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FramSoc: John Bridges – ‘A Suffolk Town in War Time’

Monday 20 Jan 2020
framsoc: john bridges - 'a suffolk town in war time' - 20200114 203525 - FramSoc: John Bridges – ‘A Suffolk Town in War Time’

Did you know that in 1939, the tiny village of Earl Soham had at its disposal 118 mortars, 72 Sten guns, 350 bombs, 111 rifles, and 1 stretcher all in preparation for the expected German invasion? Or that in August 1940, the boys of Framlingham College were evacuated to Repton School in Derbyshire? Or that if you look closely enough, you will see the remains of a blast wall in front of Darcy B’s?

We learnt about this and more as John Bridges provided a remarkable insight into life in Framlingham during the Second World War. The FramSoc audience were regaled with tales of valour, subterfuge, romance and mishap. Local icons such as American serviceman turned Fram native LeRoy Keeping, Chief Evacuation Officer Percy Stannard and former College Headmaster William Whitworth were brought vividly back to life.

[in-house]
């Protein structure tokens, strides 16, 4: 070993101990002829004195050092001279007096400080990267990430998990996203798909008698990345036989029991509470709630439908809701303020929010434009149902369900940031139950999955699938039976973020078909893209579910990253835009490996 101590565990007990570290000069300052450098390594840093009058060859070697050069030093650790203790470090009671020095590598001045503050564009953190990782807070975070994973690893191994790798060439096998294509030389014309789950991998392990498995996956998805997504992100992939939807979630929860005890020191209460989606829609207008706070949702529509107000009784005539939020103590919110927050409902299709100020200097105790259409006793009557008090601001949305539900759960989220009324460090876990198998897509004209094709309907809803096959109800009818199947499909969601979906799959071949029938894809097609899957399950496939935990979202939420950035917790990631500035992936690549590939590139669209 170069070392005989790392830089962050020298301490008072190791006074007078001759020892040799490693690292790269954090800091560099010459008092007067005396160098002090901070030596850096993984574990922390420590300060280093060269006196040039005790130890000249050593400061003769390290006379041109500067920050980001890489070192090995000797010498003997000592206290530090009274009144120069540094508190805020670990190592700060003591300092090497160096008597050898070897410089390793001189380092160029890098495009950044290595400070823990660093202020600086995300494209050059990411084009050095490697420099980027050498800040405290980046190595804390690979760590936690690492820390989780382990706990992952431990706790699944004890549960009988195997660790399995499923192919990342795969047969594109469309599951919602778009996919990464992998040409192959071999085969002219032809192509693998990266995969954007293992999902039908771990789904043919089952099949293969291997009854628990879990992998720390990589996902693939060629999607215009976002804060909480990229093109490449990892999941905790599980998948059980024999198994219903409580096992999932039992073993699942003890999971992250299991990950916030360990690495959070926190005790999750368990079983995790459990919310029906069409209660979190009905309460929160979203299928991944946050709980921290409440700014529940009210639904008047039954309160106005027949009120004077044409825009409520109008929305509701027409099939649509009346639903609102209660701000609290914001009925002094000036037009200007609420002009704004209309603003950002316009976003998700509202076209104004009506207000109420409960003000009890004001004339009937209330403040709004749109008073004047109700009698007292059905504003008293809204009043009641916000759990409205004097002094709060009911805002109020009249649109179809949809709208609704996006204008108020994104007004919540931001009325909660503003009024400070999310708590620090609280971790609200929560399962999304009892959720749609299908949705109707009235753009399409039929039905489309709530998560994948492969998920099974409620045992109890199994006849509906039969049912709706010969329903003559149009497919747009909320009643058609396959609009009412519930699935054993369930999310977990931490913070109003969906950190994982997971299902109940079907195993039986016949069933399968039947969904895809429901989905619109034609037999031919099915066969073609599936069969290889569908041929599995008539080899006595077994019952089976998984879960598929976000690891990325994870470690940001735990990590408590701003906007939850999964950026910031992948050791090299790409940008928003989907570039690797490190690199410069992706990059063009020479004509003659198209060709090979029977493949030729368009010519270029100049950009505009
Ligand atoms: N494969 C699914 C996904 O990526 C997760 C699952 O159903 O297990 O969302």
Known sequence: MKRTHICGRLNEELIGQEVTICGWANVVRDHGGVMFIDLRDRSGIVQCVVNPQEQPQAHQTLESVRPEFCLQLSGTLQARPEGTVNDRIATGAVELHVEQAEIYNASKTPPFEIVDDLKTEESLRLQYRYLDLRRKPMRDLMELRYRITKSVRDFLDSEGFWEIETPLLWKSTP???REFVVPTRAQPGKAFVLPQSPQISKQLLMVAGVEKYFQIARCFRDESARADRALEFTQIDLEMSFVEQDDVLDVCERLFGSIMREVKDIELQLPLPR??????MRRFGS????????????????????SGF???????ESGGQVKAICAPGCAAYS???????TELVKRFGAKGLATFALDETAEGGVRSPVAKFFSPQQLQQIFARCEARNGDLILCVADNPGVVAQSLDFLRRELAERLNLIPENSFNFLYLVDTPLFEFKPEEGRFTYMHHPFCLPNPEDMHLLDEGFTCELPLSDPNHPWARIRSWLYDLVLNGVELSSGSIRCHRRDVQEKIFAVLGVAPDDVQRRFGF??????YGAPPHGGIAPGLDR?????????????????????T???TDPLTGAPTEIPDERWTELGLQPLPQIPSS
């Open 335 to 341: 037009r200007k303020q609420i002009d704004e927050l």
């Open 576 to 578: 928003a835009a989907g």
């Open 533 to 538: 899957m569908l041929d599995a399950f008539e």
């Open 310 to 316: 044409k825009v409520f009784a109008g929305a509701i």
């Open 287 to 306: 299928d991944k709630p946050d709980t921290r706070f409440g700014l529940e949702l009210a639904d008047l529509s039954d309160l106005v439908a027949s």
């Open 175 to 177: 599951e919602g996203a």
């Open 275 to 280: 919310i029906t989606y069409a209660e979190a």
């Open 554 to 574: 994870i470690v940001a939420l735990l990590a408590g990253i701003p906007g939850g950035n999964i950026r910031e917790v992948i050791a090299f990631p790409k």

John shared an amazing range of evidence from his book A Suffolk Town in Wartime. There were photographs of the pillbox on what is now the Well Close Square roundabout, the Air Raid Shelter on Market Hill and the blast wall protecting the Crown Hotel. There was also the rather alarming ‘Beating the Invader’ leaflet posted through every door exhorting the good folks of Framlingham to do their duty in this hour of need. Contemporary items from the National Archives were discussed with the maps, inventories and orders and instructions revealing the conversion of Framlingham into a veritable Devil’s garden of tank traps, landmines, sticky bombs and ambush points ready to welcome any invading German.

John highlighted the role played by the College’s very own Major Collins who commanded the local Home Guard and acknowledged the eighty-eight OF’s, including Captain Percy Pickard of Operation Jericho fame, who gave their lives for King and Country during the course of the conflict.

Entertained and better informed, the audience left full of admiration for a very special generation, intrigued by the transformation of their town from ’39-’45 and slightly bemused at the thought of fortress Earl Soham.

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